Tuesday, 4:15PM - 5:55 PM
Scientific visualization has become an active area of research. Most researchers and students in the field of visualization, however, do not have access to data sets generated by the state-of-the-art simulations. In the case they have access to some of these data sets, they often do not get to directly interact with the scientists who generated the data sets. This interaction is crucial for obtaining the understanding of what scientists really need to get out of their data sets and what visualization functionalities are missing in existing visualization software tools. This panel will provide such interaction. Through the DOE SciDAC Institute for Ultrascale Visualization (Ultravis Institute), scientists in representative areas from combustion, astrophysics, to plasma physics will be sponsored to attend the Visualization 2007 Conference and participate in the panel. Each scientist will describe his/her application, data sets, and the corresponding visualization challenges, and then answer questions. By making their data sets openly available through the Ultravis Institute after the Conference, more visualization researchers will be given the chance to work on the problems truly faced by the scientists. The proposed panel will provide these researchers the correct understanding of the problems, and subsequently help accelerate the development of the field of scientific visualization.
Wednesday, 10:30AM - 12:10PM
Visualization occupies an important role in the pursuit of knowledge as the understanding of real world phenomena. However, behind the image are mathematical models of the world and its representation.
At a time when questions about the very core of the discipline, e.g. the relationship between information and scientific visualization, are being raised almost annually within the conference, it seems particular germane to stand back and review what is ultimately what could be the most abstract and neutral picture of visualization itself - the mathematics world which ties together the notion of data and transformation.
The panel will involve lively discussion and debate on the kinds of mathematics applicable to visualization and the means by which maths is brought into the discipline. After summarizing the 'case for the defence', members of the panel will be cross-examined by the audience on whether their own work is the madness of genius, or the product of mathematical methods. The deeper question, however, is whether a mathematical civilization beats at the heart of the visualization community.
Wednesday, 2:00PM - 3:40PM
The terrain is quickly shifting in the field of visualization: both on the commercial front, where visualization software is becoming a commodity tool; and on the academic front, where universities are increasingly focused on software patents and licensing fees. And as the situation on each of these fronts continues to evolve, the landscape at their intersection is increasingly filled with tremendous potential, but also dangerous land-mines.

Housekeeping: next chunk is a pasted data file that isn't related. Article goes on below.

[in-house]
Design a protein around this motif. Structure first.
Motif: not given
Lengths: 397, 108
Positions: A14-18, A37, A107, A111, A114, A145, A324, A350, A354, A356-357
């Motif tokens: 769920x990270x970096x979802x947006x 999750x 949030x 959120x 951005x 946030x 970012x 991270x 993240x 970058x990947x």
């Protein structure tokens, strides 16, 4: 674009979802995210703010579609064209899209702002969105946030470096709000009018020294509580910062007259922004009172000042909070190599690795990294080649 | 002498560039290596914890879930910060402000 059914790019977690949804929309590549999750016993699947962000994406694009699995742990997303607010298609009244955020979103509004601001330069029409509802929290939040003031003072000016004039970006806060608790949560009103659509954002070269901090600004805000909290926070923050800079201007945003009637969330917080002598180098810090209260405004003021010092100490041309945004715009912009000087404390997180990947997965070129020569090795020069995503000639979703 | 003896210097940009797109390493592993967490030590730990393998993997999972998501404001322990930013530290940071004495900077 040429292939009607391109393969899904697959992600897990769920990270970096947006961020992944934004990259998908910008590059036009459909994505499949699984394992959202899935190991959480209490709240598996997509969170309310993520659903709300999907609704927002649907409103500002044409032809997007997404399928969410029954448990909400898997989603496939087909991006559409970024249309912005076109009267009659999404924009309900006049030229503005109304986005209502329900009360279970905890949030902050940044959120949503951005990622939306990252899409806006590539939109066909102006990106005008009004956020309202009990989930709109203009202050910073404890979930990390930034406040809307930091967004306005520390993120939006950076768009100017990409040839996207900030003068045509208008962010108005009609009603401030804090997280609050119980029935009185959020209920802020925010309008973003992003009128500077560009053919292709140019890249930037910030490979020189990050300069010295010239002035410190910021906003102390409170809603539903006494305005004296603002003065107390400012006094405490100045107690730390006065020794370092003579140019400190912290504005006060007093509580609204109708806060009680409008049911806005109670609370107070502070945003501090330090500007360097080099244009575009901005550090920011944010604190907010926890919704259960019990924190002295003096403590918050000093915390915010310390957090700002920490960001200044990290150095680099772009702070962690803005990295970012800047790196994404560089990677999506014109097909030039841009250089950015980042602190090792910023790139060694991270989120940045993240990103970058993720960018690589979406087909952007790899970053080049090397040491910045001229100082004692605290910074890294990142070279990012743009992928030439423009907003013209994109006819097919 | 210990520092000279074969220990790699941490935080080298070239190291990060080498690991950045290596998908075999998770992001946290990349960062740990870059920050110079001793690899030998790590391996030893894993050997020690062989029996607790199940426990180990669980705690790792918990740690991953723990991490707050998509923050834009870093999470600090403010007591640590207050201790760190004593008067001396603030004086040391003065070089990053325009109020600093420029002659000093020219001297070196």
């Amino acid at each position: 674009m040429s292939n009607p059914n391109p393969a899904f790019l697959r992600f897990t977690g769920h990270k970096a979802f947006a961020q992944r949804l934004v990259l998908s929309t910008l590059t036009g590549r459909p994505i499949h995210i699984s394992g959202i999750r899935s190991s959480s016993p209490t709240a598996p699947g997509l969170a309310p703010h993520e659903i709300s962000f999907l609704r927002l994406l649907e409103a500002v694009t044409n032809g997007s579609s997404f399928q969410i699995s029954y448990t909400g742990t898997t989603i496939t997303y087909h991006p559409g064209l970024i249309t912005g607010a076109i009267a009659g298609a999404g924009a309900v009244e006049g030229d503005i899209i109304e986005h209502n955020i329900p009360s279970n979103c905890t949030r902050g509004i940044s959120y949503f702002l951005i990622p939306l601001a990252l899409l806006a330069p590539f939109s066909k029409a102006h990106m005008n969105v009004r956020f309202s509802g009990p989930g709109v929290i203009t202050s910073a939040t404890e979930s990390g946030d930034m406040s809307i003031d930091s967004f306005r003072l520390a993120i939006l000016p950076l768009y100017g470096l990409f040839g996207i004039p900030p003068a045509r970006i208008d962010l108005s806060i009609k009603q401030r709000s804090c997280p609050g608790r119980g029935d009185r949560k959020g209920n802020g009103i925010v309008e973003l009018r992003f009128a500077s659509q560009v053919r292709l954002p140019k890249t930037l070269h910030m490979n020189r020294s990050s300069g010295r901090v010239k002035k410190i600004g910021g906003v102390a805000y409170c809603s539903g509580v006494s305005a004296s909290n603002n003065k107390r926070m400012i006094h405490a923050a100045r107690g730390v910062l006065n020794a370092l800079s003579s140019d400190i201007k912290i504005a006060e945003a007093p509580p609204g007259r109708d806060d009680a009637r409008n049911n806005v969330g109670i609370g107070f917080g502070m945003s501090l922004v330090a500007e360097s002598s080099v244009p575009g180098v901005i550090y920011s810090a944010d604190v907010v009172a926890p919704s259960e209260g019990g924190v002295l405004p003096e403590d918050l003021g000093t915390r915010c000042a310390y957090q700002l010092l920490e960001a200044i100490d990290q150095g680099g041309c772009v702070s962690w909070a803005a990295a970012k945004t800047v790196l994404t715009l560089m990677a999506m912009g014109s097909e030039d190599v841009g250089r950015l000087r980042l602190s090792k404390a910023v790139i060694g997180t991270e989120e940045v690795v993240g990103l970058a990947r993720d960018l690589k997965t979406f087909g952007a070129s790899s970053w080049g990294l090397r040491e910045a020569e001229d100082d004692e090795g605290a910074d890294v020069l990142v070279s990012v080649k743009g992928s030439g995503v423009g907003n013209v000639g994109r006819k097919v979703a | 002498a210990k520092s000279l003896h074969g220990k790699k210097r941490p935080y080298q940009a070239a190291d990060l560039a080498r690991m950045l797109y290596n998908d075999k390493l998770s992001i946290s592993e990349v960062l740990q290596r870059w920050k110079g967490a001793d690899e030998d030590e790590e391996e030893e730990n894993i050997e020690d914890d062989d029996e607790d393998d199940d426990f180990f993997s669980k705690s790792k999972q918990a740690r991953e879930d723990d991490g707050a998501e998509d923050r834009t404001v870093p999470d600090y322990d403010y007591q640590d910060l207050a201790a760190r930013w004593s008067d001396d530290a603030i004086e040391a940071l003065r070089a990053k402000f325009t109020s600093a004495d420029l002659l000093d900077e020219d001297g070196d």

How do software engineering practices differ across academia and industry? When companies and Universities work together, is the result a win-win? How does Open Source software fit into all of this? What additional roles can the Vis conference play in bringing academia and industry together?
For this panel, we've gathered together highly technical representatives from a top-tier group of visualization companies. The panelists will provide some perspective on the similarities and differences between commercial and academic visualization software, and they will discuss how their intersection might evolve in the coming years.
Thursday, 10:30AM - 12:10PM
The power of scientific visualization is to represent data as graphic images that humans can understand, allowing users to execute their real-world tasks effectively. As visualization techniques become more mature, researchers have begun to tackle the human side of visualization (i.e., to study how people make use of different visualization approaches and how to build more useful and usable visualization systems). Human-centered computing (HCC) can address such concerns in many dimensions. For example, theories in cognition and perception can articulate visualization design rationales. Design methods aspire to provide frameworks ranging from low-level behavior studies to high-level task-analysis and usability evaluation. Although we are seeing great interest in the marriage of human- centered computing and visualization, the guidance for doing so is very limited. This panel brings together diverse researchers across the human-centered computing and visualization spectrum to discuss their research, to reach beyond their own fields, and to understand the marriage of HCC and scientific visualization for future collaborations.